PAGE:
The BRM P83 marked the start of an unfortunate decline for BRM, and a fallow period in terms of wins which was to last four years.
After winning the World Championship in 1962, and finishing second for the next three years, there would be very little for the BRM team, or its fans to celebrate until a smattering of results in the early 1970s.
The BRM team had started out disastrously in the late 1940s, but had been on a continuous path of growth for roughly a decade. Twelve of the team's seventeen Formula One Championship race victories were gained in the period from 1962 to 1966, but that purple patch was about to end.
As was often the case in BRM history, a change in engine regulations proved problematic.
In 1966, the regulations would stipulate a maximum engine capacity of 3 litres normally aspirated, or 1½ litres supercharged.
BRM hedged their bets by developing two different engines, an H16, and a V12 in co-operation with Harry Weslake.
Alfred Owen eventually chose the complicated H16 engine, designated the P75, and the V12 design was sold to Weslake and went on to power the Eagle T1G.
Unfortunately the P75 was plagued with problems, so although the new engine and the new chassis, the P83, were ready for the 1966 season, they were not deemed raceworthy, and sat most of the season out.
They were finally introduced for the final three races of the season, but this only resulted in three retirements each for Hill and Stewart. BRM had suffered a disappointing season with Stewart's victory in the old P261 at Monaco being the highlight.
1967 BRM P83
Hill left BRM at the end of the 1966 season, which proved to be a wise move.
BRM doggedly persisted with the car which had been so unsuccesful the previous year,the P83, and its ridiculously unreliable engine. But poor performances were only outnumbered by non finishes. The engine was so unreliable that the engine, transmission and related problems caused 27 of the powerplant's 30 retirements from 40 entries.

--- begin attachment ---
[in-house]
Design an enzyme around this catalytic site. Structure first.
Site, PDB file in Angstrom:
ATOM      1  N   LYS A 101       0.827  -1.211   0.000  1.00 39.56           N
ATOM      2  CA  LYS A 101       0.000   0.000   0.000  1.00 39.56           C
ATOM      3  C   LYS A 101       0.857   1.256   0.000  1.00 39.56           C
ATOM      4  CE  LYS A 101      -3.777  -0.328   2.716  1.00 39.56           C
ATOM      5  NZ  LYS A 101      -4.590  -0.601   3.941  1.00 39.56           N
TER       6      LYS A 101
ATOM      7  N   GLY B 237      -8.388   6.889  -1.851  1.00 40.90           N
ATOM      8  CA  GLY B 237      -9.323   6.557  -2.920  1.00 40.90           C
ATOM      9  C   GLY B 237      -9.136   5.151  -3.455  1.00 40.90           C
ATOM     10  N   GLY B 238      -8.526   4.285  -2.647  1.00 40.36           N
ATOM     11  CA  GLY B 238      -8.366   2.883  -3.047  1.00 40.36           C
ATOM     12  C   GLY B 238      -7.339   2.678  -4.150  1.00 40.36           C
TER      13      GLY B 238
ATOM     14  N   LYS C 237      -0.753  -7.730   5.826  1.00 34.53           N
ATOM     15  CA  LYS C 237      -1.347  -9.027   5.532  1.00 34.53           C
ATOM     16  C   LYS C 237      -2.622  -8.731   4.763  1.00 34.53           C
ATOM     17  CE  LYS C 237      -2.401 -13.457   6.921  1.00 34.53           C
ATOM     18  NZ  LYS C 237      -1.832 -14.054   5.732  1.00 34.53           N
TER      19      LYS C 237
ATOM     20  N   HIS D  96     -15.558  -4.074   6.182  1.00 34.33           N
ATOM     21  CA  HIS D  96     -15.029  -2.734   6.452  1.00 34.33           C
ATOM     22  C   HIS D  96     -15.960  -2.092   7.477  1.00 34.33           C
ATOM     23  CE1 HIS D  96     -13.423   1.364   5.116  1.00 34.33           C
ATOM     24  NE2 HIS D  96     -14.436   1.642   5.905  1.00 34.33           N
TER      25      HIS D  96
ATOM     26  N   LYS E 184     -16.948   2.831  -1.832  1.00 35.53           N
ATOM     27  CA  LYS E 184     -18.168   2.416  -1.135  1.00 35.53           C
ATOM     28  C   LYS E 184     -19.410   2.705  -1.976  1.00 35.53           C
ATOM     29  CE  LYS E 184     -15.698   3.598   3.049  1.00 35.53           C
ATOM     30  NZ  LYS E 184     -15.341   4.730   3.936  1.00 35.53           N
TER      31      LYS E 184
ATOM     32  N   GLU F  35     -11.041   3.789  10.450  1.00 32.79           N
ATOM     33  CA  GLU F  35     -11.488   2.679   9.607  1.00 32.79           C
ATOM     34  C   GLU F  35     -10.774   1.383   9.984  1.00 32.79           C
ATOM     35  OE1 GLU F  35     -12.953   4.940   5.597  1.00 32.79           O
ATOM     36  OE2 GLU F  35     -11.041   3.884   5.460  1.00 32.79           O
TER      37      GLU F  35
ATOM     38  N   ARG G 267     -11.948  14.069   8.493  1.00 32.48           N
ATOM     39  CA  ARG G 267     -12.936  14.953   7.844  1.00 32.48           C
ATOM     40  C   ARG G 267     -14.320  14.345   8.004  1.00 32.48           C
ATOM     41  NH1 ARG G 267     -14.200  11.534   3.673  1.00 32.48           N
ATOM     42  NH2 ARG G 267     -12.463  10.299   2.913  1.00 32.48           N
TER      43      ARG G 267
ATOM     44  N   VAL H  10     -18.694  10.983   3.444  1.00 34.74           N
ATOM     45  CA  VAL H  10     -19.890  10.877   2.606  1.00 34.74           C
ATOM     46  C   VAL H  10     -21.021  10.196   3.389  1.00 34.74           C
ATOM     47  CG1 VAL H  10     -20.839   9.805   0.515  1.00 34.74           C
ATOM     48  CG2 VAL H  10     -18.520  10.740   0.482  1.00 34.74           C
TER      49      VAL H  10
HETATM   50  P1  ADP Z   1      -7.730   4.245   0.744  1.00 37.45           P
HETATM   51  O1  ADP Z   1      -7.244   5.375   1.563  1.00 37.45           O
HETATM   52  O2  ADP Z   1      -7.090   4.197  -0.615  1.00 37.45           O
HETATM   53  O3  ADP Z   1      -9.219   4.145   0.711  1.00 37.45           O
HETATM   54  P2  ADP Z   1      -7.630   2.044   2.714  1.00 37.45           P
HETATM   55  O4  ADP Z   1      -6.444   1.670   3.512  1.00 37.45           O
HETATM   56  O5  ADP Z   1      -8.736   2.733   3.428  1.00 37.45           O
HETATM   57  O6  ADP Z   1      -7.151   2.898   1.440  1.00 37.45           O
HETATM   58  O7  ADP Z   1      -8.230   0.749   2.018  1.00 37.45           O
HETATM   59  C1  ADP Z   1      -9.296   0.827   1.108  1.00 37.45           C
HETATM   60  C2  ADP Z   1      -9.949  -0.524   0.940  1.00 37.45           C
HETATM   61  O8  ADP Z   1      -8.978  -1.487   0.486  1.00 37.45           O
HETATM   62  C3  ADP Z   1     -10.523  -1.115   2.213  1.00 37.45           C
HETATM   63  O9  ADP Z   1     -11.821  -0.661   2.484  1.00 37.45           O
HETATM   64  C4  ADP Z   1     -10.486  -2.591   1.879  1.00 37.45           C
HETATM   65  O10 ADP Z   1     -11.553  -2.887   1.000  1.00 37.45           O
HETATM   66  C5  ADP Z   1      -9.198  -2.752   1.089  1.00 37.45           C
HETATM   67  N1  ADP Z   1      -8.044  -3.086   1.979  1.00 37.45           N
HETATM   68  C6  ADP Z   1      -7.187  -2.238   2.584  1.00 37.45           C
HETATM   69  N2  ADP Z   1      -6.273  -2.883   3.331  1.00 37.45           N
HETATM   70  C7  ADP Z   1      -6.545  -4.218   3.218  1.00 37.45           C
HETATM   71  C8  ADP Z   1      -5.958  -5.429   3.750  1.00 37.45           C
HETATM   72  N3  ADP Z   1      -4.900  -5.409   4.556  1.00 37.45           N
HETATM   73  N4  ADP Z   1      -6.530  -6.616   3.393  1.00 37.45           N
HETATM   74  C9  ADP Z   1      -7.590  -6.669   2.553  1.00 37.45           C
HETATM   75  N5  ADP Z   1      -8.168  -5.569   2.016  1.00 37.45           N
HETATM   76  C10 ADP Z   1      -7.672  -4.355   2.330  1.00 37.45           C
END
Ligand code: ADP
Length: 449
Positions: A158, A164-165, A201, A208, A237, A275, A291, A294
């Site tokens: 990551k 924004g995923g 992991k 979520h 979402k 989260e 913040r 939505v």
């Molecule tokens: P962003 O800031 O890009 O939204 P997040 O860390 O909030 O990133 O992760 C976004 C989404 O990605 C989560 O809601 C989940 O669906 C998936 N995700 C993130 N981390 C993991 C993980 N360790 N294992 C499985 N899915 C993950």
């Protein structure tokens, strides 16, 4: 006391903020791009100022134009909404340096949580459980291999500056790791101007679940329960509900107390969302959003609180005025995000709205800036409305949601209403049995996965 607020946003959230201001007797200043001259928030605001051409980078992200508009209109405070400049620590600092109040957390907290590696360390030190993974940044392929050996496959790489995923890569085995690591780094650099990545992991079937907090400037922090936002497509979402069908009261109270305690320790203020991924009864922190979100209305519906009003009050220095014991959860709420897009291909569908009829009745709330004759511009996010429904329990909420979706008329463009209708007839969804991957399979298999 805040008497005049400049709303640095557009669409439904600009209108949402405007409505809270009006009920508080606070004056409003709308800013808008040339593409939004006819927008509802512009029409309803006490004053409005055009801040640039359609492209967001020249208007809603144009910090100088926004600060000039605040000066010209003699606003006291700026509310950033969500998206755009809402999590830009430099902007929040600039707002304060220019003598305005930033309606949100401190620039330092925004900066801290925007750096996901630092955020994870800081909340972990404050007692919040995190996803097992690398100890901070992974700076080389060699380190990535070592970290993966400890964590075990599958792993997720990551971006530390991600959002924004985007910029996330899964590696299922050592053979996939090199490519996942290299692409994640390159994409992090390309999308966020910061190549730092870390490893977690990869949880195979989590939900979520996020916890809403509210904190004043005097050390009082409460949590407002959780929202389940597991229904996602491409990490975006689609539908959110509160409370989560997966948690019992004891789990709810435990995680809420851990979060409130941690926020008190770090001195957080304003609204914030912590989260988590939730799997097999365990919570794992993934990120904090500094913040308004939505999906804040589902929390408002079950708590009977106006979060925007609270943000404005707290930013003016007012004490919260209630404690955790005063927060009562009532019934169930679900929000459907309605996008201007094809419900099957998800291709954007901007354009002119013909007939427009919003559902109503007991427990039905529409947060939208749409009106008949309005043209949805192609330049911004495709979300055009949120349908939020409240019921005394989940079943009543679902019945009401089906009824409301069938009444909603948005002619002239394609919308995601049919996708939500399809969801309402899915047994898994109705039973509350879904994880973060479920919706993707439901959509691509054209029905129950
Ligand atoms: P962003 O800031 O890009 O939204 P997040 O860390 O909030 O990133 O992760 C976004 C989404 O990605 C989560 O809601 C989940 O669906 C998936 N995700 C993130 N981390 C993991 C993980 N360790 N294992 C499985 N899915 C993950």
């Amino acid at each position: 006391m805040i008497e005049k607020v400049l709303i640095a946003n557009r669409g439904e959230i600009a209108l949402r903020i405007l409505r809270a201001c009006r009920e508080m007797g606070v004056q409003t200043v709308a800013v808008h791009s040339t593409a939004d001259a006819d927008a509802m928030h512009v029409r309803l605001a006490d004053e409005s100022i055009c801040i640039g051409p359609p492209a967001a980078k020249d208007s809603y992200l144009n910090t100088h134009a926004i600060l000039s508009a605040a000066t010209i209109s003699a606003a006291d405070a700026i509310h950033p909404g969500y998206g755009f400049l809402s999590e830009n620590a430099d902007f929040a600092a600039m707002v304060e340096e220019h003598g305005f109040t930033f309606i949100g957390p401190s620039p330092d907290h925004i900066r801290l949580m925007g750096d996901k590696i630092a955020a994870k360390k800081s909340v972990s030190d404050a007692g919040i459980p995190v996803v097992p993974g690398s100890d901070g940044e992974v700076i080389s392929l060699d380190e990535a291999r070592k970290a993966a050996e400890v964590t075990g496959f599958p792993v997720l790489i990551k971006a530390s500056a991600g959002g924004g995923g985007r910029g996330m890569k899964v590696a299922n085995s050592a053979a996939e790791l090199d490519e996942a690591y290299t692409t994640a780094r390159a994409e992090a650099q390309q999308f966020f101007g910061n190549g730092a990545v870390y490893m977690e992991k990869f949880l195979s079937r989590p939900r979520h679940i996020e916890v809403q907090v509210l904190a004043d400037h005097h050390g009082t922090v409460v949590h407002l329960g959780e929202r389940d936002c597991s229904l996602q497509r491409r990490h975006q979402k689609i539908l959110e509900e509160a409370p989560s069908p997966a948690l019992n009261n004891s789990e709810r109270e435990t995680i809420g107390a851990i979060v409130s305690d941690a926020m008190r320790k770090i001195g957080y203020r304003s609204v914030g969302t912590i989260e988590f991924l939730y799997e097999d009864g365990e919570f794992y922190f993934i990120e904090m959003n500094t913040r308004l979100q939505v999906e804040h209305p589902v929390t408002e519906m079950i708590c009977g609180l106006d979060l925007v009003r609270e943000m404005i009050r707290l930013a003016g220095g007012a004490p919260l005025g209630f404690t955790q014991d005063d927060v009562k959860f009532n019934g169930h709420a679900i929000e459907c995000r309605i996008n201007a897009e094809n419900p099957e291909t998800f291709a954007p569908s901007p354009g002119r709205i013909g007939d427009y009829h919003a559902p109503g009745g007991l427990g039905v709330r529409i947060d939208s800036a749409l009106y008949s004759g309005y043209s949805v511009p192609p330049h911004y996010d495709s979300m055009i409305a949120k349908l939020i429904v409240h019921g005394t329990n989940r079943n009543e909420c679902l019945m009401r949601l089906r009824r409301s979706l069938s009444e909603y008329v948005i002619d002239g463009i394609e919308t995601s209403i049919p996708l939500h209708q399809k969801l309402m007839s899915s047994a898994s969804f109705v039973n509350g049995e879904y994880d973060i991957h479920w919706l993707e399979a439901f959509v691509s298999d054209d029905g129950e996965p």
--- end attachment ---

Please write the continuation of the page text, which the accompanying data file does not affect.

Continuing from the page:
A second place finish for Jackie Stewart in Belgium was the team's best result of the year. BRM dropped to a lowly sixth place in the International Cup for F1 Manufacturers. It was the lowest place the team had managed since the constructor's championship had been introduced in 1958.
For the second time in the history of British Racing Motors, an over complicated, 16 cylinder engine had proved to be the team's nemesis.
Jackie Stewart left the team, which also proved to be a wise move.
Graham Hill went on to win the Championship in 1968 with Lotus, and Jackie Stewart won in 1969 with Matra, whilst BRM floundered.
In 1968, BRM are listed as using no fewer than four different car designs, which probably tells its own story.
The first was the P115, which was introduced the previous year, and still carried the disastrous P75, 16 cylinder engine. It was supposedly over 100kg heavier than other cars, mainly thanks to the engine. The car managed just one race in 1968, and you might not be surprised to hear that it did not finish.
The second car was the P126 which was contracted out to Len Terry to design, and thankfully BRM introduced a new V12 engine, and finally got rid of the notoriously unreliable H16.
The P133 was the works built version of the P126, which had been built by Len Terry's company.
And finally there was the P138, another Terry design which only made a couple of races in the 1968 season.
It may sound like chaos, but at least BRM were now finishing, and they managed to finish fifth in the Constructors' Championship which was an improvement.
Pedro Rodríguez had scored most of the points to put the team in that position, but his reward was to be shunted off to the semi works Reg Parnell team.
1968 BRM P126
In 1969, BRM were joined by John Surtees, which was probably the reason for the decision to demote Rodríguez. But even having another World Champion driver on their team didn't improve their fortunes.
The team continued to use the the P133, and P138, and a new variant the P139 was introduced.
Although BRM managed to finish fifth in the International Cup for F1 Manufacturers, their points haul of just seven was a miserable total.
John Surtees left the team and long standing team boss Tony Rudd was asked to resign.